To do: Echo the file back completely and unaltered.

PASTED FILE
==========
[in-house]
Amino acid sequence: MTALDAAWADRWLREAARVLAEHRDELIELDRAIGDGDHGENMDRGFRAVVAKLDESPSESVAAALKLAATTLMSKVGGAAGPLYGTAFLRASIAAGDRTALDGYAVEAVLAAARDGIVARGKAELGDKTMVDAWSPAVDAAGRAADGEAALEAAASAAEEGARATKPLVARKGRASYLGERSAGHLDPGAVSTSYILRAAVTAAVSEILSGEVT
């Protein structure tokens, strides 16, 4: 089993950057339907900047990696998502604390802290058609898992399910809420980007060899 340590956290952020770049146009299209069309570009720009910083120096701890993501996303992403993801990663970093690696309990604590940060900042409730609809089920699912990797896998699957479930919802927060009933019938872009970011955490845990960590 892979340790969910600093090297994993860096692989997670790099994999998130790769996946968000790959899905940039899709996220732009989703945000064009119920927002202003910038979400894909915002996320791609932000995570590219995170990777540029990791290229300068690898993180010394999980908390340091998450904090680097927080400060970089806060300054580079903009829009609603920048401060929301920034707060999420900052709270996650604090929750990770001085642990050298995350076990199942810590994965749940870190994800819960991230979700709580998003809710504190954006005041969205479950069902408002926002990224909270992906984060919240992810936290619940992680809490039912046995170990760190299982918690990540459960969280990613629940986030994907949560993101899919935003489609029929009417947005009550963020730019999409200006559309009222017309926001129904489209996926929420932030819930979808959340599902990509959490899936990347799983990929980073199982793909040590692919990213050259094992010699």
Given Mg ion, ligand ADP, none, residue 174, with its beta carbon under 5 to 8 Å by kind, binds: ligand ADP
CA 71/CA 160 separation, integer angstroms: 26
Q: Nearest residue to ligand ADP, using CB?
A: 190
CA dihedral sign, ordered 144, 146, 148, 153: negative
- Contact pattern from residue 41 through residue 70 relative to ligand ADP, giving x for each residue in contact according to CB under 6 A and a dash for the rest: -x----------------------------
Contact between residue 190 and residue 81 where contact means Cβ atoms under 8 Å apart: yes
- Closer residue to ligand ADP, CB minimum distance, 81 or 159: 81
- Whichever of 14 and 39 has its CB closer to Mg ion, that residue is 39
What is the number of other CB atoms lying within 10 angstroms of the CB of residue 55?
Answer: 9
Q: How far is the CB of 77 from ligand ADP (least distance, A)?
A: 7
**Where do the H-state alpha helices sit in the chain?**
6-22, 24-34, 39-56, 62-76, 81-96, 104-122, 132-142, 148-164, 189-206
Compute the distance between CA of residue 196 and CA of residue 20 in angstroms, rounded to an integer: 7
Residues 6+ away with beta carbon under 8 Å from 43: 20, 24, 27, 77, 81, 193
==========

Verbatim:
[in-house]
Amino acid sequence: MTALDAAWADRWLREAARVLAEHRDELIELDRAIGDGDHGENMDRGFRAVVAKLDESPSESVAAALKLAATTLMSKVGGAAGPLYGTAFLRASIAAGDRTALDGYAVEAVLAAARDGIVARGKAELGDKTMVDAWSPAVDAAGRAADGEAALEAAASAAEEGARATKPLVARKGRASYLGERSAGHLDPGAVSTSYILRAAVTAAVSEILSGEVT
């Protein structure tokens, strides 16, 4: 089993950057339907900047990696998502604390802290058609898992399910809420980007060899 340590956290952020770049146009299209069309570009720009910083120096701890993501996303992403993801990663970093690696309990604590940060900042409730609809089920699912990797896998699957479930919802927060009933019938872009970011955490845990960590 892979340790969910600093090297994993860096692989997670790099994999998130790769996946968000790959899905940039899709996220732009989703945000064009119920927002202003910038979400894909915002996320791609932000995570590219995170990777540029990791290229300068690898993180010394999980908390340091998450904090680097927080400060970089806060300054580079903009829009609603920048401060929301920034707060999420900052709270996650604090929750990770001085642990050298995350076990199942810590994965749940870190994800819960991230979700709580998003809710504190954006005041969205479950069902408002926002990224909270992906984060919240992810936290619940992680809490039912046995170990760190299982918690990540459960969280990613629940986030994907949560993101899919935003489609029929009417947005009550963020730019999409200006559309009222017309926001129904489209996926929420932030819930979808959340599902990509959490899936990347799983990929980073199982793909040590692919990213050259094992010699």
Given Mg ion, ligand ADP, none, residue 174, with its beta carbon under 5 to 8 Å by kind, binds: ligand ADP
CA 71/CA 160 separation, integer angstroms: 26
Q: Nearest residue to ligand ADP, using CB?
A: 190
CA dihedral sign, ordered 144, 146, 148, 153: negative
- Contact pattern from residue 41 through residue 70 relative to ligand ADP, giving x for each residue in contact according to CB under 6 A and a dash for the rest: -x----------------------------
Contact between residue 190 and residue 81 where contact means Cβ atoms under 8 Å apart: yes
- Closer residue to ligand ADP, CB minimum distance, 81 or 159: 81
- Whichever of 14 and 39 has its CB closer to Mg ion, that residue is 39
What is the number of other CB atoms lying within 10 angstroms of the CB of residue 55?
Answer: 9
Q: How far is the CB of 77 from ligand ADP (least distance, A)?
A: 7
**Where do the H-state alpha helices sit in the chain?**
6-22, 24-34, 39-56, 62-76, 81-96, 104-122, 132-142, 148-164, 189-206
Compute the distance between CA of residue 196 and CA of residue 20 in angstroms, rounded to an integer: 7
Residues 6+ away with beta carbon under 8 Å from 43: 20, 24, 27, 77, 81, 193